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17th Century Inventors and Inventions

By Yona Williams    7/25/07

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When it comes to peering into the sky and taking a look at planets and stars, where would you be without a telescope? In this article, we will learn about some of the different kinds of telescopes that were invented during the 17th century, including the Cassegrain model, which used wide-angle reflecting components. A handful of inventors and other inventions are also mentioned.

Cassegrain Telescope

The Cassegrain telescope consists of wide-angle reflecting components and a concave mirror that receives light and is used to focus on images. A second mirror on the telescope reflects light through a gap in the primary mirror and works in conjunction with an eyepiece or camera that is mounted at the back end of the tube. In 1672, a French sculptor by the name of Sieur Guillaume Cassegrain created the reflecting telescope, which was named after him.

Many centuries later, an Estonian astronomer and lens-maker named Bernard Schmidt (1879-1935), would add a correcting plate (a type of lens), which made a new version called the Schmidt-Cassegrain telescope, which lessened the spherical deviation of Cassegrain's first invention.

James Gregory

A Scottish mathematician named James Gregory (1638-1675) is the man behind the first reflecting telescope, which he produced in 1663. That same year, he published a description of what the invention in the "Optica Promota." In the end, he never actually pieced together a telescope, which he described as using a parabolic and an ellipsoidal mirror. But – without ideas – no one would move forward. Sometimes, this type of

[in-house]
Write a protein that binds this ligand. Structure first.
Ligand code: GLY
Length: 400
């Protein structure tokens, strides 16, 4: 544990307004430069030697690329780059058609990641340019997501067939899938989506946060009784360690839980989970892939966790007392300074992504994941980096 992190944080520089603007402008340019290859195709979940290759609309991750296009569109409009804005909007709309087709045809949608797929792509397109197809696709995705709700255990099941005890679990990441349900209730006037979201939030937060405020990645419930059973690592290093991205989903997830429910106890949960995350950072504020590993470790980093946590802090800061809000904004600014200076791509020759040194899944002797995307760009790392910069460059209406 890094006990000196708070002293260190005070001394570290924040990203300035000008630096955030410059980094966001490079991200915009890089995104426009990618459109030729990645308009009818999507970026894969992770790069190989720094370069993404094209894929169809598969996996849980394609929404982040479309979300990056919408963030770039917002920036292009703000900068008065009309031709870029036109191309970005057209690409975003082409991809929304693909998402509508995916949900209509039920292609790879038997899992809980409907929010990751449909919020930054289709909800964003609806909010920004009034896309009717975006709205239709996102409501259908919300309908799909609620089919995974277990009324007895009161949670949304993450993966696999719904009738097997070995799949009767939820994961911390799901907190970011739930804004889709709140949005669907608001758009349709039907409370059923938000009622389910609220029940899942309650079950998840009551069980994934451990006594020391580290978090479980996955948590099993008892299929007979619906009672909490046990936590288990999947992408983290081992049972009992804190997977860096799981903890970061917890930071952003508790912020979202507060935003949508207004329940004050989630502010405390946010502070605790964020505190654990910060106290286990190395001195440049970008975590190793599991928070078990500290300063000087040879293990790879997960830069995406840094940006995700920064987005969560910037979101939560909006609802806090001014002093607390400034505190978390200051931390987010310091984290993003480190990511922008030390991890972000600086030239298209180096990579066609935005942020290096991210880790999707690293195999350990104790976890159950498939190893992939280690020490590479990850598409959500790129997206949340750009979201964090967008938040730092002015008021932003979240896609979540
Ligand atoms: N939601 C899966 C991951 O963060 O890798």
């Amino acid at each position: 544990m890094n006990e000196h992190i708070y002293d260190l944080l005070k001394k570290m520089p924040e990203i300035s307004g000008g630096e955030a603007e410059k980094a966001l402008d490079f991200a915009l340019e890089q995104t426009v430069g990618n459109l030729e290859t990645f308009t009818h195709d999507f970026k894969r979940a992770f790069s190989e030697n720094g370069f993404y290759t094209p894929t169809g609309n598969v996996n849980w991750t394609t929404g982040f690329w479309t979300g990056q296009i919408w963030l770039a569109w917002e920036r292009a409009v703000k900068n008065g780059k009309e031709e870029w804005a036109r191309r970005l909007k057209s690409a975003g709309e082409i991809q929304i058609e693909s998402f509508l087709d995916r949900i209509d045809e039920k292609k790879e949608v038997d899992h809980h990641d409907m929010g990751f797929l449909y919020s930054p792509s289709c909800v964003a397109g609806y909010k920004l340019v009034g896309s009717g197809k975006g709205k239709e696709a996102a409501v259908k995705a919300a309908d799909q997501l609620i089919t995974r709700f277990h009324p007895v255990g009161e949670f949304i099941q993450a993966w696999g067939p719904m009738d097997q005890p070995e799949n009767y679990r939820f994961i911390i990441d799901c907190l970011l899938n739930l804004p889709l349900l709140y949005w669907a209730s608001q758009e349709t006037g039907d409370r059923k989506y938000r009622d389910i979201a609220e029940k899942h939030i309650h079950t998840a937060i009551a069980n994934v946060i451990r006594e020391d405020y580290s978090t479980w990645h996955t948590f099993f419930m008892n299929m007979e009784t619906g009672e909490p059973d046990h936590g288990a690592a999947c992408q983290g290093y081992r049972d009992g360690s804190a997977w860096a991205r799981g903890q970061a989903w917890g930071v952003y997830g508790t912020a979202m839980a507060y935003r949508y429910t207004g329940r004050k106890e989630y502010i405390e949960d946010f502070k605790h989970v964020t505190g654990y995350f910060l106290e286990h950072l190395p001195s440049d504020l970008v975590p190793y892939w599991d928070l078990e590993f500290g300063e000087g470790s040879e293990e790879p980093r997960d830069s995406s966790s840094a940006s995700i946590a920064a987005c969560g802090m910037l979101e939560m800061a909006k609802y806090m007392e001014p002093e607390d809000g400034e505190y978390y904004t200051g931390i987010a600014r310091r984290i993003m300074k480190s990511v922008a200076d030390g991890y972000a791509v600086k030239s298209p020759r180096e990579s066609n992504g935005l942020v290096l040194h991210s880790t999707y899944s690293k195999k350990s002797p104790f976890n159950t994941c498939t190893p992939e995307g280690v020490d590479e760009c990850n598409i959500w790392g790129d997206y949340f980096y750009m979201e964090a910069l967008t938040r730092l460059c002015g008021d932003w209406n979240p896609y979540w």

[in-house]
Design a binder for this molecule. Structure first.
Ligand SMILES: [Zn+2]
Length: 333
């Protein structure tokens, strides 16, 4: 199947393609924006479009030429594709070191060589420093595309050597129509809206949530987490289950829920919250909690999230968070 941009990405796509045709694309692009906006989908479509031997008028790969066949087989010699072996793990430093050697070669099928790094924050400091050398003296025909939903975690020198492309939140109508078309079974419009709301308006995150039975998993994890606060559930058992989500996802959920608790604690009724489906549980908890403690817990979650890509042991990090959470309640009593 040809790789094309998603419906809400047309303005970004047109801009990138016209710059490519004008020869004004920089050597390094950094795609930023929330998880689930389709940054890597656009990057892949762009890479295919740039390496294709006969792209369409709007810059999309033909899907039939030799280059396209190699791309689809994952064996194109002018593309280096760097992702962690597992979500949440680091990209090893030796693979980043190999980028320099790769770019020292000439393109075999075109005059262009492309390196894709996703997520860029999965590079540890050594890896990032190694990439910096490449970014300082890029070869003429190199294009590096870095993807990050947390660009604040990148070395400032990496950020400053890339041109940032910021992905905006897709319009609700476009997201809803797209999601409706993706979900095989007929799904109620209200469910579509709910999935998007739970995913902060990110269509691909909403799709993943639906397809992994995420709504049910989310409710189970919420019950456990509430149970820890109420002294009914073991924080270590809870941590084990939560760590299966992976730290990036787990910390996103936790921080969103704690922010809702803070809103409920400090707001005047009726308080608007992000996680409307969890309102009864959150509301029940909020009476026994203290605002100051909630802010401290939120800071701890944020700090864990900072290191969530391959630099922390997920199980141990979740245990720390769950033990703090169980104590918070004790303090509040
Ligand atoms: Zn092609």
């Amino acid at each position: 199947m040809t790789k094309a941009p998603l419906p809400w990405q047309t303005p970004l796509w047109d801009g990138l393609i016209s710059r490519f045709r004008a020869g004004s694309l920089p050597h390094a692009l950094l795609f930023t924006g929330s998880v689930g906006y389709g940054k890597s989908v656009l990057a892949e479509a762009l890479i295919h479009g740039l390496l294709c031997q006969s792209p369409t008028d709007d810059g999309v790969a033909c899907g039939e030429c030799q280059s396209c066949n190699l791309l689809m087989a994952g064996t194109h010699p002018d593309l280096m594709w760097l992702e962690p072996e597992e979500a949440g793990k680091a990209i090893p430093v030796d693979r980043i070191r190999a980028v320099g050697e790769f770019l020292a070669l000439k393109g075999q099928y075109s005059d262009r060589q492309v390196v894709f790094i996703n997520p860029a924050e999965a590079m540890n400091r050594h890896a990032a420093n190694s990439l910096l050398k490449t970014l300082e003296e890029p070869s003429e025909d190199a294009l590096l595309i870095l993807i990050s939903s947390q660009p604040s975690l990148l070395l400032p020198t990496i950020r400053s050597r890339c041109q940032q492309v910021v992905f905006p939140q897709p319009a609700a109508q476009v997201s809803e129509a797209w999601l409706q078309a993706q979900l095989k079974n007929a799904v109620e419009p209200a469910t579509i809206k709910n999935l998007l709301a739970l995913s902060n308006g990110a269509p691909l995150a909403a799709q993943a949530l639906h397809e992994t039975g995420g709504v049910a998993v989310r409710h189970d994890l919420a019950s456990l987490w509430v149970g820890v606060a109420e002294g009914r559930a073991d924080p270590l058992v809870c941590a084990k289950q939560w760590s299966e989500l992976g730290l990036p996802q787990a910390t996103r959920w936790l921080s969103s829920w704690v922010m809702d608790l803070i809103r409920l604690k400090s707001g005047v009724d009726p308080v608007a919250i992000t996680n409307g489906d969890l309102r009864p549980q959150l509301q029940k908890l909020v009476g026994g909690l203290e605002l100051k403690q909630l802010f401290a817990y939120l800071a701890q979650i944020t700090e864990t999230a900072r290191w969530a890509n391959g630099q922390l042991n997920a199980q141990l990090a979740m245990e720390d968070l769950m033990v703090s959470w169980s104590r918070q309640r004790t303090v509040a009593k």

Christian Huygens

Many strides were made in constructing the telescope and Christian Huygens (1629-1695) was a Dutch physicist and astronomer, who developed a new way of grinding and polishing glass telescope lenses. His efforts came around 1654, where he aided the establishment of more current, stronger telescopes. Huygens is also credited with identifying the rings of Saturn and discovered Titan, which is the largest of Saturn (1655). Another invention Huygens is responsible for is the pendulum clock, which he designed in 1656. His version worked without springs. In 1655, he also became the first to write on calculus and probability, as well as later proposed the wave theory of light in 1678.

Barometer

The device known to measure air pressure is called a barometer, which calculates the weight of the "column of air that extends from the instrument to the top of the atmosphere." Today, there are two kinds of barometers commonly in use - mercury and aneroid (without fluid). The earliest barometers of the 17th century were made of water and known as "storm glasses."

In 1643, the mercury barometer was created by a pupil of Galileo – an Italian physicist named Evangelista Torricelli (1608-1647). Torricelli found a way to invert a glass tube containing mercury into another vessel of mercury and learned that the mercury in the tube had a way of weighing the air within the atmosphere of the above tube. In later years, the aneroid barometer, which actually uses a spring balance instead of liquid, was the product of a French scientist named Lucien Vidie.

Hans Lippershey

Born during the late 1500s, Hans Lippershey was a German-born Dutch lens maker, who presented the first refracting telescope, which used two lenses in its construction. In 1608, he applied for a patent for his optical invention, which he aimed to present to the military as a suitable device. In a refracting telescope, the large primary lens is responsible for completing most of the magnification. Later, Newton would improve upon his design of telescope, which would become known as the Newtonian telescope.

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